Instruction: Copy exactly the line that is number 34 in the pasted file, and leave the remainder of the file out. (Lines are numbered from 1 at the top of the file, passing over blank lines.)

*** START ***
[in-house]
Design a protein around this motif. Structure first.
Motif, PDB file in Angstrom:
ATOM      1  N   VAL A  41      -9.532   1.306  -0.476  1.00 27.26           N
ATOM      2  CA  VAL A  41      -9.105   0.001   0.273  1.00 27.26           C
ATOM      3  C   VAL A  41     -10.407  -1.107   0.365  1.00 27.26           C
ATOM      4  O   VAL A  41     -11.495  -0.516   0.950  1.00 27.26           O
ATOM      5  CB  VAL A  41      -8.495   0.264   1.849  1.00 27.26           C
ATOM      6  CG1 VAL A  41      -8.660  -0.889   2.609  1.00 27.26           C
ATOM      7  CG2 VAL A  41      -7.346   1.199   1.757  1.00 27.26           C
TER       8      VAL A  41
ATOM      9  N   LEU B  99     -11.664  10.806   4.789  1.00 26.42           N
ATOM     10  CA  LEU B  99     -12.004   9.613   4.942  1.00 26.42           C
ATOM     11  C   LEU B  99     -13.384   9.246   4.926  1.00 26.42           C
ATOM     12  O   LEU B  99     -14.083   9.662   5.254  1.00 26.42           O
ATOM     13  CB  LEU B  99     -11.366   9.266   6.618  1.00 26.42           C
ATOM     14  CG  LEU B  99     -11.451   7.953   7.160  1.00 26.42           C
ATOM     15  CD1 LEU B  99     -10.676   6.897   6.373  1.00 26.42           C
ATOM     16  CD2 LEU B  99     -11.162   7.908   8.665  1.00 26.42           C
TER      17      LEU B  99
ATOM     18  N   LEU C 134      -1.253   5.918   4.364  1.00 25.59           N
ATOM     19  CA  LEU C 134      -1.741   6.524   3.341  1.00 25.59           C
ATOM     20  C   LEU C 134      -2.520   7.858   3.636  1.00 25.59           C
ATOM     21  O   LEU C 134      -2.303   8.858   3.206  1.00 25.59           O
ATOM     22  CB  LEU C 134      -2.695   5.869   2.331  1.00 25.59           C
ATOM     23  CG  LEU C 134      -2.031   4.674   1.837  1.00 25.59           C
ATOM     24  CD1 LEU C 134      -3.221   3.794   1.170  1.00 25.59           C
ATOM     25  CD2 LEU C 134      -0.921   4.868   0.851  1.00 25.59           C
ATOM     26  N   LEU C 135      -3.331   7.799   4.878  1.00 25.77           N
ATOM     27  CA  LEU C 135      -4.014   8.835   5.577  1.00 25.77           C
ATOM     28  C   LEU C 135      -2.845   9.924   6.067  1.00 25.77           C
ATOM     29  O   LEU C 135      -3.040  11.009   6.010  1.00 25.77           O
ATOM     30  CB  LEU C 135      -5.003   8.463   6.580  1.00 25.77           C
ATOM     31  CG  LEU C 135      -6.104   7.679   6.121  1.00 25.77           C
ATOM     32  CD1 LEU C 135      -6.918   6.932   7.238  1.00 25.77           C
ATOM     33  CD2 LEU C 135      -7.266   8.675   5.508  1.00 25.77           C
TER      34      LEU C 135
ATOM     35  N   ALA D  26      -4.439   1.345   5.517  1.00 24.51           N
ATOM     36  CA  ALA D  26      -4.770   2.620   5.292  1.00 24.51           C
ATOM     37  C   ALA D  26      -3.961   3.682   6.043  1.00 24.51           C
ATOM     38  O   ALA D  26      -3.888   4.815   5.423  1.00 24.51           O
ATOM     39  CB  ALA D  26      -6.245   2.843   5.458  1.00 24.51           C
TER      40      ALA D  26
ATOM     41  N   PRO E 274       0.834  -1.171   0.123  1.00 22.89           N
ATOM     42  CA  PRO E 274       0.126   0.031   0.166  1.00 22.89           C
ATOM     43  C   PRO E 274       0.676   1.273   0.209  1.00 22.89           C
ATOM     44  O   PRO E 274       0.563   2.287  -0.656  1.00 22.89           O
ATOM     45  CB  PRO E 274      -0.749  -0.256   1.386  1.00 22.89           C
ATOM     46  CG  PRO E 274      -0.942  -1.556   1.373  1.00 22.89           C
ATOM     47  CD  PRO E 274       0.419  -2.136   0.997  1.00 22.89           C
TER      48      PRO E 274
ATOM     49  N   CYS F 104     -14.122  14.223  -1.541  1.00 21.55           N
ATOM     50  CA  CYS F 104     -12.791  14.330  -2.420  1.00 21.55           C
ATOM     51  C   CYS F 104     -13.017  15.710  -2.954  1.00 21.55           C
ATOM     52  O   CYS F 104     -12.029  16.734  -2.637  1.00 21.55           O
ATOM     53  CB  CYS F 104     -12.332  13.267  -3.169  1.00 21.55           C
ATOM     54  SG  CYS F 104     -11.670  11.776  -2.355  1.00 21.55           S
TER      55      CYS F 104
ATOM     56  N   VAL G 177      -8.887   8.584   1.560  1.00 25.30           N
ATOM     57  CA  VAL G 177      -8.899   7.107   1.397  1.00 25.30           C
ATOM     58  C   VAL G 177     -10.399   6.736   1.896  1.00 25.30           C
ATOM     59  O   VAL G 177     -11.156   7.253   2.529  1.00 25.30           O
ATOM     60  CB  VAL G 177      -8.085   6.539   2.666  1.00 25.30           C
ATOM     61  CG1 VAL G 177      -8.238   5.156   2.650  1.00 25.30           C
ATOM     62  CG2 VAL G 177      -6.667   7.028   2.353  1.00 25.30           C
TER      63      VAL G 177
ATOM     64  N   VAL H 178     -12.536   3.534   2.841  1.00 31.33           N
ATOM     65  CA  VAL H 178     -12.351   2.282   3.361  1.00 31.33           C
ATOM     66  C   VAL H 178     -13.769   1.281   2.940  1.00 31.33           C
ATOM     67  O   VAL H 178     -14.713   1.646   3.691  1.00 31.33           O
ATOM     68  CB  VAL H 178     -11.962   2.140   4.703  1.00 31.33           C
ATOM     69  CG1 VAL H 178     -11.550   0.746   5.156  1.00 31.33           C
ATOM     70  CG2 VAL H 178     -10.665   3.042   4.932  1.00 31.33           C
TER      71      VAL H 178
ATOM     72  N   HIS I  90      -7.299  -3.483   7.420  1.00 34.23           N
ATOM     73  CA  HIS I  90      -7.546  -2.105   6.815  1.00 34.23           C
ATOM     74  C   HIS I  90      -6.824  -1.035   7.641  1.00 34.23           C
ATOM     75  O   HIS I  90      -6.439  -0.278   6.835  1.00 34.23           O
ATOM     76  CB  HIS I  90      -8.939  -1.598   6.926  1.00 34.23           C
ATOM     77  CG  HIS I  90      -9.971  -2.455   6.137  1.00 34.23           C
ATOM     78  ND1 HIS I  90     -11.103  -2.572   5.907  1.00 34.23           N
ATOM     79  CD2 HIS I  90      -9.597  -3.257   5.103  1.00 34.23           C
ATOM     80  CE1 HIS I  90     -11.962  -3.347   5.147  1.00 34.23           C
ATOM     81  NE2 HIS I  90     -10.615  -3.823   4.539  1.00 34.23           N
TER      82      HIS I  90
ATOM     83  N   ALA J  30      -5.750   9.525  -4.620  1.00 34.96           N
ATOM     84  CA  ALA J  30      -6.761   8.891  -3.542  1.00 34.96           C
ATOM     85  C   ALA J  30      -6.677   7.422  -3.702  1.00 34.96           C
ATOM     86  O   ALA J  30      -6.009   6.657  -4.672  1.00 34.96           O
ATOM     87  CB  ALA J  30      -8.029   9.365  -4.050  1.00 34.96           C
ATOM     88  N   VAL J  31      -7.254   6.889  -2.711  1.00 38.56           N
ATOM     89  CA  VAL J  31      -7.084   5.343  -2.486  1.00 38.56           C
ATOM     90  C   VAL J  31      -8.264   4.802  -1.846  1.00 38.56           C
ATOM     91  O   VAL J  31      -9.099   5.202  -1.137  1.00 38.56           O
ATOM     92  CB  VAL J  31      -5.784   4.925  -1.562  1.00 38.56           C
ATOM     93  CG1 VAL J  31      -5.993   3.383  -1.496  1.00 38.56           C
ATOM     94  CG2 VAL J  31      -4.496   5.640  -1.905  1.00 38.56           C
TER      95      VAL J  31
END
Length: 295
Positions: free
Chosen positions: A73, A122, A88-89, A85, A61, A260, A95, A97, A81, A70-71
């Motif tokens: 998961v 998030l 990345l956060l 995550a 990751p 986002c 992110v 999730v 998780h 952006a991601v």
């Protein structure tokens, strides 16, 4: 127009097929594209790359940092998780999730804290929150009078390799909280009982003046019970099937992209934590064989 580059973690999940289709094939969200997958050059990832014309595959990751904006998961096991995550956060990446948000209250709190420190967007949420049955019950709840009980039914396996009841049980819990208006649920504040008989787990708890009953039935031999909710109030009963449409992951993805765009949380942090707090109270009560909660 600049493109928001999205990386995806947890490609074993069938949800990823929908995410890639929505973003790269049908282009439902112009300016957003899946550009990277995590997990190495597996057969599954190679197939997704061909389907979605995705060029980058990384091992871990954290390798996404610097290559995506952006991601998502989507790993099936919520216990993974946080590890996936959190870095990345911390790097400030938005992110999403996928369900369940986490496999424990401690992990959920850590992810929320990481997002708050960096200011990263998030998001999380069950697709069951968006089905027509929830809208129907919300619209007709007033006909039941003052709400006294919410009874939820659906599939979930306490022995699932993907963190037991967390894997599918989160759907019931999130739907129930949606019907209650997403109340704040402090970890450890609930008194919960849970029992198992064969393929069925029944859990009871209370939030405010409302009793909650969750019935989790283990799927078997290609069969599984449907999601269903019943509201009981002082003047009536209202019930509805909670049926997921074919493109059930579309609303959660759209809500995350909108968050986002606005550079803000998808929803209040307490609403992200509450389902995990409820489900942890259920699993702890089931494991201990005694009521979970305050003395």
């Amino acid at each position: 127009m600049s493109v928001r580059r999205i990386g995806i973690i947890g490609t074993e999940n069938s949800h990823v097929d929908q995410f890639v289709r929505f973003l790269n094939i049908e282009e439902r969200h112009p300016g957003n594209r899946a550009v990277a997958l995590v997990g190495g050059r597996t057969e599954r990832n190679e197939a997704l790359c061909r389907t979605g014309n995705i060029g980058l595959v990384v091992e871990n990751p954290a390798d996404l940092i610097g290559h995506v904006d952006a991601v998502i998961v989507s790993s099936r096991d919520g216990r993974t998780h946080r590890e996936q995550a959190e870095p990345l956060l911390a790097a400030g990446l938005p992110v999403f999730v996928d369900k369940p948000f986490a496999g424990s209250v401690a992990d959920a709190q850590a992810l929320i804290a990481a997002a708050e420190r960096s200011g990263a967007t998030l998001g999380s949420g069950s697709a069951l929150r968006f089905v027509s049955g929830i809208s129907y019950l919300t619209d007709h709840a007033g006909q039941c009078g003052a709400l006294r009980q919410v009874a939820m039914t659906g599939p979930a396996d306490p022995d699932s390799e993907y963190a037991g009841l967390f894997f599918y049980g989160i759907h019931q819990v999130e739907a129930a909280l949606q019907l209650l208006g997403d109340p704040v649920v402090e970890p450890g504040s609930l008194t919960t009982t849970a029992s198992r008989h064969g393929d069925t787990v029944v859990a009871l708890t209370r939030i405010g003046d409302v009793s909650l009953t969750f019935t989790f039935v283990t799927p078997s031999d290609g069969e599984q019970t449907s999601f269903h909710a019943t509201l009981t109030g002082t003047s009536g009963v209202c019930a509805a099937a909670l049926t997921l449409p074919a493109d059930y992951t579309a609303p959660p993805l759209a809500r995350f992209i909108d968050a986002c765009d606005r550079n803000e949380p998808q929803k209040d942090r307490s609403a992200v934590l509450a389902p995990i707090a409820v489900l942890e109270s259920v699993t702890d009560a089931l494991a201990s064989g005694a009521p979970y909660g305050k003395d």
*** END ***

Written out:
ATOM     31  CG  LEU C 135      -6.104   7.679   6.121  1.00 25.77           C